Governor Kaine addressed the issue of illegal immigration in his State of the Commonwealth address. He put some important facts on the table and urged balance in the discussion of the issue during the 2008 legislative session. Here's what he said:
“Securing the Commonwealth’s future also means that we must set aside political rhetoric and carefully address the most complex and challenging issues we face – like illegal immigration.
We are a nation of laws. It is our obligation to enforce those laws, and we should continually assess the consequences of illegal immigration.
It is equally important to recognize the many positive benefits of legal immigration. We cannot afford to let supercharged political rhetoric unfairly paint a picture of Virginians as a people who are hostile to New Americans.
The debate about illegal immigration needs to begin with a recognition of steps we have already taken.
Virginia law already prohibits any person who is not legally in the country from receiving state or locally funded benefits, with only a few exceptions, like education, emergency health care and care for contagious diseases.
When a Virginia State Trooper comes in contact with a person suspected of being in the country illegally, he or she contacts Immigration and Customs Enforcement. Eighty percent of those reports made since March 1st of last year have resulted in ICE beginning deportation proceedings.
The state police also participate in regional task forces that target violent gang activity by illegal immigrants.
The Virginia Department of Corrections notifies ICE of any foreign-born offender who is convicted and placed in state custody. Our Department of Motor Vehicles works hard every day to scrutinize drivers’ license applications to determine whether people are lawfully in the Commonwealth, and our Virginia Guard helps patrol the border between Arizona and Mexico to help federal enforcement agents. Virginia has done much to pick up the slack for broken federal immigration policy.
There will be more proposals on immigration this year, and we should scrutinize them carefully. In doing so, we have to balance the need to enforce our laws with a few important realities.
One in ten Virginians was born outside of the United States, and most of us can trace our ancestors back to another country in only a few generations. The majority of immigrants today are legal and fully contribute, strengthening the social fabric of our communities.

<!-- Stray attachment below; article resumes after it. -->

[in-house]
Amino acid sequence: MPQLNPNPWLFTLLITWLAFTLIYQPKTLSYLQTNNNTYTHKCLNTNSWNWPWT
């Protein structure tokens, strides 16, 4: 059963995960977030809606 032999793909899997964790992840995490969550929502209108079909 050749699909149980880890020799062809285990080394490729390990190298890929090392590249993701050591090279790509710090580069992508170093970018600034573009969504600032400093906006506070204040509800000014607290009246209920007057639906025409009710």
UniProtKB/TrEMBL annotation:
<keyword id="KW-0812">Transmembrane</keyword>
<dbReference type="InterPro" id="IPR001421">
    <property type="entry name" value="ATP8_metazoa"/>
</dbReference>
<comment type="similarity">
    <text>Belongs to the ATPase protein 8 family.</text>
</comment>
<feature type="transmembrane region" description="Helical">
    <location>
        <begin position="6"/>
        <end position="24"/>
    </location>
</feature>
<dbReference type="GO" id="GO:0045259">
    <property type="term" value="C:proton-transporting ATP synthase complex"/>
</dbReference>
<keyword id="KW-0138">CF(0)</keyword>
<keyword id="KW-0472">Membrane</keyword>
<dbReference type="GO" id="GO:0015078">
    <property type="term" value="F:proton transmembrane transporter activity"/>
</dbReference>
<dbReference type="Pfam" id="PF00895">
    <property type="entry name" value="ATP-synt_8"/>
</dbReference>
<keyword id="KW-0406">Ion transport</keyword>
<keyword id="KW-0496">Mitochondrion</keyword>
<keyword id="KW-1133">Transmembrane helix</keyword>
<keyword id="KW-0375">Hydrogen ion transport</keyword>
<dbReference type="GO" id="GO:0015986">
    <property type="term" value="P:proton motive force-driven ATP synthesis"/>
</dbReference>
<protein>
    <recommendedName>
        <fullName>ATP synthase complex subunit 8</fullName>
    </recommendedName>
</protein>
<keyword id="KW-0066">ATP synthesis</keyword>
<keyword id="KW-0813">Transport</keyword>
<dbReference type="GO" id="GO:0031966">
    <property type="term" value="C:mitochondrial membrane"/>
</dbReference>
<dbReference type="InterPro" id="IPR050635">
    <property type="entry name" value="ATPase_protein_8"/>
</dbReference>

Our Jamestown commemoration recognized the positive and transforming power of immigration—and of those that welcome immigrants. Immigration continues to invigorate our culture, provide new energy to our economy, and expand our view of the world.
Did you know that, in 2007, foreign companies announced over $750 million of investments in Virginia, creating over 2000 new jobs? Many of these jobs were created in parts of our Commonwealth that are hungry for economic development. We are in fierce competition for those jobs, and we cannot afford to give the world the impression that Virginians are not willing to engage with people from other countries in global commerce.
And it’s not just about new business opportunities or foreign investment in our communities. Many long-time Virginia businesses, especially in the agricultural sector that still represents the largest part of our economy, are dependent on immigrant workers. We should not punish law-abiding businesses or hinder their ability to grow and create jobs.
In this critical area, as in all others, we have a responsibility to go beyond sound bites, to take the debate seriously, and to spend the time it will take to craft a balanced response to our challenges.”